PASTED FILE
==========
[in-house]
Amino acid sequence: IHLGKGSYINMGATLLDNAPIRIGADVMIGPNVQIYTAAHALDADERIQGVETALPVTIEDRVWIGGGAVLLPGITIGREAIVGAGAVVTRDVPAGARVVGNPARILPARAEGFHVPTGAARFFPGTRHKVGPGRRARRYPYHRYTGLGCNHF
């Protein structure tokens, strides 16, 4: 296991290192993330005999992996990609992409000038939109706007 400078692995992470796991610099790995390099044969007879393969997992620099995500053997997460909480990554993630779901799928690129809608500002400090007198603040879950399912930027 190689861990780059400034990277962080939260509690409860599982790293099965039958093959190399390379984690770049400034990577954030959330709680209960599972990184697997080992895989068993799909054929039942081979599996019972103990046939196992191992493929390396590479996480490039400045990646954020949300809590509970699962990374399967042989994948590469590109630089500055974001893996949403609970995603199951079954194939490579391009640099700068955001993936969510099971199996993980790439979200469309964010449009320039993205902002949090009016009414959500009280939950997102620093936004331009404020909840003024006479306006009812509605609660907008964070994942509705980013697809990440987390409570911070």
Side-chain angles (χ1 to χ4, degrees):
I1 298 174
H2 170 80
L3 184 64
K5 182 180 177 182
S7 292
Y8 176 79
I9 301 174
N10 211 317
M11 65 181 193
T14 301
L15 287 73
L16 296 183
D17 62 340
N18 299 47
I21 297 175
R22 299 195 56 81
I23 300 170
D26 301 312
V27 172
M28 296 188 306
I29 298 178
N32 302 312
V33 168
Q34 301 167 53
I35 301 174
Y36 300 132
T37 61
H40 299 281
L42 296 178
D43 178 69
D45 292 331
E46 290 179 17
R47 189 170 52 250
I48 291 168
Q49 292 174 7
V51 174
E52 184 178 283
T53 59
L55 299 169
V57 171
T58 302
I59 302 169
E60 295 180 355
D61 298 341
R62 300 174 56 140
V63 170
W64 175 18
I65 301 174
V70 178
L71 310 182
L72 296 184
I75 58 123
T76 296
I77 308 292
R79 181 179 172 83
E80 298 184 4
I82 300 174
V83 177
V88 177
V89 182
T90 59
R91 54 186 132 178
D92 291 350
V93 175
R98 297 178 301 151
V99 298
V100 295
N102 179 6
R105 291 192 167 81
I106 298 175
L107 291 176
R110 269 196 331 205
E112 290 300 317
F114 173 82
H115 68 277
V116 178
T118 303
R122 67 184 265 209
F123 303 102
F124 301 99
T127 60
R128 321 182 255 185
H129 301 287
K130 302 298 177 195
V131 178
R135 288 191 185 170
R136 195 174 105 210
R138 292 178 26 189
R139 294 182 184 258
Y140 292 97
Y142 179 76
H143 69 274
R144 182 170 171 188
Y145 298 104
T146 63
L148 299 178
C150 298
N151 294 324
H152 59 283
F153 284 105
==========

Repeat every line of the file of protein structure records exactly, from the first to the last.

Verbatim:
[in-house]
Amino acid sequence: IHLGKGSYINMGATLLDNAPIRIGADVMIGPNVQIYTAAHALDADERIQGVETALPVTIEDRVWIGGGAVLLPGITIGREAIVGAGAVVTRDVPAGARVVGNPARILPARAEGFHVPTGAARFFPGTRHKVGPGRRARRYPYHRYTGLGCNHF
């Protein structure tokens, strides 16, 4: 296991290192993330005999992996990609992409000038939109706007 400078692995992470796991610099790995390099044969007879393969997992620099995500053997997460909480990554993630779901799928690129809608500002400090007198603040879950399912930027 190689861990780059400034990277962080939260509690409860599982790293099965039958093959190399390379984690770049400034990577954030959330709680209960599972990184697997080992895989068993799909054929039942081979599996019972103990046939196992191992493929390396590479996480490039400045990646954020949300809590509970699962990374399967042989994948590469590109630089500055974001893996949403609970995603199951079954194939490579391009640099700068955001993936969510099971199996993980790439979200469309964010449009320039993205902002949090009016009414959500009280939950997102620093936004331009404020909840003024006479306006009812509605609660907008964070994942509705980013697809990440987390409570911070």
Side-chain angles (χ1 to χ4, degrees):
I1 298 174
H2 170 80
L3 184 64
K5 182 180 177 182
S7 292
Y8 176 79
I9 301 174
N10 211 317
M11 65 181 193
T14 301
L15 287 73
L16 296 183
D17 62 340
N18 299 47
I21 297 175
R22 299 195 56 81
I23 300 170
D26 301 312
V27 172
M28 296 188 306
I29 298 178
N32 302 312
V33 168
Q34 301 167 53
I35 301 174
Y36 300 132
T37 61
H40 299 281
L42 296 178
D43 178 69
D45 292 331
E46 290 179 17
R47 189 170 52 250
I48 291 168
Q49 292 174 7
V51 174
E52 184 178 283
T53 59
L55 299 169
V57 171
T58 302
I59 302 169
E60 295 180 355
D61 298 341
R62 300 174 56 140
V63 170
W64 175 18
I65 301 174
V70 178
L71 310 182
L72 296 184
I75 58 123
T76 296
I77 308 292
R79 181 179 172 83
E80 298 184 4
I82 300 174
V83 177
V88 177
V89 182
T90 59
R91 54 186 132 178
D92 291 350
V93 175
R98 297 178 301 151
V99 298
V100 295
N102 179 6
R105 291 192 167 81
I106 298 175
L107 291 176
R110 269 196 331 205
E112 290 300 317
F114 173 82
H115 68 277
V116 178
T118 303
R122 67 184 265 209
F123 303 102
F124 301 99
T127 60
R128 321 182 255 185
H129 301 287
K130 302 298 177 195
V131 178
R135 288 191 185 170
R136 195 174 105 210
R138 292 178 26 189
R139 294 182 184 258
Y140 292 97
Y142 179 76
H143 69 274
R144 182 170 171 188
Y145 298 104
T146 63
L148 299 178
C150 298
N151 294 324
H152 59 283
F153 284 105